But it's the voice component that might end up being an even more important third wheel. Both Google and Amazon are eager to ensure their “voices” are embedded in the cars we drive. It's how our cars will talk to our homes, as well as other technology in our lives. For Amazon Echo and Google Home, the stakes are high.
And apparently, some of the automakers are more than ready to give up their branding and their entire identities to showcase their Alexa integration. A new TV spot airing now for Buick's Encore GX SUV is astonishing in its relinquishment of the vehicles' identification, seeming arguing with itself over whether its a Buick or Alexa.
Sure, Buick's no Audi or BMW, but shucking its own branding to trumpet Amazon's signature female persona is an extreme marketing tactic. But it may be indicative of how more automotive brands will let tech companies take control of in-vehicle technology – at least the infotainment component.
The technology growth spurt that's energizing the driving experience is another warning sign for local radio. Even as all those workers find new jobs and begin to start commuting to work again, the competitive space in the dashboard has forever changed. From satellite radio to podcasts to streaming audio (and video), radio broadcasters aren't just up against the call letters they see every month in those Nielsen reports. While radio may still be the time-spent leader while people drive, the disruption in the auto business will continue to affect habits and the ways in which consumers discover and consume in-car content.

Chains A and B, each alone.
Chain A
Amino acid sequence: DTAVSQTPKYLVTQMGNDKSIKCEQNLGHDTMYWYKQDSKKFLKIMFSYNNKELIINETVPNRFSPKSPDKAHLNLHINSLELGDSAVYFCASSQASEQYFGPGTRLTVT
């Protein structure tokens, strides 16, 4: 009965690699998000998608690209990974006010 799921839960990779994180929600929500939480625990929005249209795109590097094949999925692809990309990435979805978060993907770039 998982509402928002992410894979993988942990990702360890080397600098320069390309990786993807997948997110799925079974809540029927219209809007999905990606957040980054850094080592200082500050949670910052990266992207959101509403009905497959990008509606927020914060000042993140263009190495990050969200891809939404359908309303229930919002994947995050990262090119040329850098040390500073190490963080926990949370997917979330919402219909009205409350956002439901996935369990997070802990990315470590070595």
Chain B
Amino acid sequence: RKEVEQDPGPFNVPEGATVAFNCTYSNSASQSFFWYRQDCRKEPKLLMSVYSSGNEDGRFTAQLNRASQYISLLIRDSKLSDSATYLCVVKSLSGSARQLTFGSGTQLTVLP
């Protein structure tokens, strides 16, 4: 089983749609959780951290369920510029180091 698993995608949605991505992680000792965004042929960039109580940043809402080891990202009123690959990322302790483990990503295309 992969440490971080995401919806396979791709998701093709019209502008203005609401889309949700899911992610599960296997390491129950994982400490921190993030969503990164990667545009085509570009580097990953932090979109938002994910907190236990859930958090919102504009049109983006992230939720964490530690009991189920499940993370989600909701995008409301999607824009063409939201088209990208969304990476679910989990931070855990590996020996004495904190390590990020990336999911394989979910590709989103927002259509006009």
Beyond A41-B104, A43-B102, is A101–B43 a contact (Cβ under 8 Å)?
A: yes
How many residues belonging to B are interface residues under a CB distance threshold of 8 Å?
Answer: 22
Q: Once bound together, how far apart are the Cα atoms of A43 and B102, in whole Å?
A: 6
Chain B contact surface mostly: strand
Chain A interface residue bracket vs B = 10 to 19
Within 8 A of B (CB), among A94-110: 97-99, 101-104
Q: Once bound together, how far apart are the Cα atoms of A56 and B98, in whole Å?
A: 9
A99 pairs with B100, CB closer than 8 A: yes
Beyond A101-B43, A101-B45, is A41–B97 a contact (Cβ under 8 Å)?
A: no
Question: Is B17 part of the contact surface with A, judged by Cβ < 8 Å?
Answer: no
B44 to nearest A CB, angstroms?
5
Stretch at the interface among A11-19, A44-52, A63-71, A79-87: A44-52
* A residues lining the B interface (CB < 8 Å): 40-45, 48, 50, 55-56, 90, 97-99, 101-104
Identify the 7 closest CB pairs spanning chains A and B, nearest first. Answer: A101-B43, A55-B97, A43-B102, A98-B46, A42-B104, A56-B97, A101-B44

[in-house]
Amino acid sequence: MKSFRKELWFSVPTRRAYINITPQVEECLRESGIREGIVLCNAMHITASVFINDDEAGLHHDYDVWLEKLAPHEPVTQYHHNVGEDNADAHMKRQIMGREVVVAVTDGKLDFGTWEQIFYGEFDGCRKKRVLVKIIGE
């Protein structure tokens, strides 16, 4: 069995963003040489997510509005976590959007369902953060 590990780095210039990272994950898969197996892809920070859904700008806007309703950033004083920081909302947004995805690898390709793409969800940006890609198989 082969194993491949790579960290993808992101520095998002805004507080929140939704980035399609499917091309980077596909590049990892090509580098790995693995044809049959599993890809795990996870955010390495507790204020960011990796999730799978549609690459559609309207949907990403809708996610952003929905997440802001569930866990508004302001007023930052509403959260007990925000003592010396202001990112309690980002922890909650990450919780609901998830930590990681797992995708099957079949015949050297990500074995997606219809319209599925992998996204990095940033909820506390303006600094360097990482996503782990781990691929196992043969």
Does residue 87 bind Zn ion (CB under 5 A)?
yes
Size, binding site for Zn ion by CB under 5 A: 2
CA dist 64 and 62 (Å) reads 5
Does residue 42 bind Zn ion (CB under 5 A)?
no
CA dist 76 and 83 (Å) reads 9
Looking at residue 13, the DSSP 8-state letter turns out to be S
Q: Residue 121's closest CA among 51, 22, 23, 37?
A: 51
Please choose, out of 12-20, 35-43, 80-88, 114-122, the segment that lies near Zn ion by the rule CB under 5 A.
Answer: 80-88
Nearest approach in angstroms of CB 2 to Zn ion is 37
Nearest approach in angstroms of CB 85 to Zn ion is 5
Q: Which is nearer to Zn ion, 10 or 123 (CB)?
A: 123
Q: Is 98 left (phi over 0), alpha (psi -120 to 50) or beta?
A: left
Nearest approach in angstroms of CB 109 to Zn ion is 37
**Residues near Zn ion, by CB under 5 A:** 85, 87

The automakers are seeing their world through a different lens, too. Thanks to COVID, and the upstart Tesla, convention in the auto industry is being challenged by our changing society.